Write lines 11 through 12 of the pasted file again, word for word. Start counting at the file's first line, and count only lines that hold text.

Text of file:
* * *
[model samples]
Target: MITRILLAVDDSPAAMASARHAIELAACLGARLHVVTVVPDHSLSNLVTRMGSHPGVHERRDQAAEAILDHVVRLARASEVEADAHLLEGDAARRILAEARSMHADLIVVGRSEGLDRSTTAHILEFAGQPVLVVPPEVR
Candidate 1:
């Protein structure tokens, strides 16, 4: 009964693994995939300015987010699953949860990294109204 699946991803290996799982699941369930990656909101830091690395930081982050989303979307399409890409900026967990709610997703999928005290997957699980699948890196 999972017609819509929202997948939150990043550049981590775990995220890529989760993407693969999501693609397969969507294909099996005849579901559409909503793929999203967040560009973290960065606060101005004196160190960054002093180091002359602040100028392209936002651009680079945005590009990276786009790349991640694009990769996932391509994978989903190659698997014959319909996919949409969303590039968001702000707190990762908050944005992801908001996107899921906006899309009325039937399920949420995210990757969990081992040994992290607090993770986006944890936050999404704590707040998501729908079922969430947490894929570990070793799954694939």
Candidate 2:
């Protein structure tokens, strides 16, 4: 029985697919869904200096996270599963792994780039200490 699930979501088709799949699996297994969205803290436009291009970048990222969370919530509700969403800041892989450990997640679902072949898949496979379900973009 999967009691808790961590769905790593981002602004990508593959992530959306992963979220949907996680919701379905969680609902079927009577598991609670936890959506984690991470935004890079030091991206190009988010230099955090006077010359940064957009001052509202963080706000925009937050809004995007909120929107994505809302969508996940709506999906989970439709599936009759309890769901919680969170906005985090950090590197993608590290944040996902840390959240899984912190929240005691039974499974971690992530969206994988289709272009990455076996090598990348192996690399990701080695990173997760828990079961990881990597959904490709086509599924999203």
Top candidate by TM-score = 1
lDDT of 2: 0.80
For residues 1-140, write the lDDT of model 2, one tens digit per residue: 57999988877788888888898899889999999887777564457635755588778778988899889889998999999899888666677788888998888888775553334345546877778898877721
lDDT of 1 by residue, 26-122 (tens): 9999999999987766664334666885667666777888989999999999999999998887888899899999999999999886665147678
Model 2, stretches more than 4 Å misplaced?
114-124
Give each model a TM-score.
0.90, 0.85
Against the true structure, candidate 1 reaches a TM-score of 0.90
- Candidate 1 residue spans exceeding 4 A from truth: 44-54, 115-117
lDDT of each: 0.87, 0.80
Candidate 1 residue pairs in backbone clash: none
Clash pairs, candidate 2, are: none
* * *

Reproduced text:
Model 2, stretches more than 4 Å misplaced?
114-124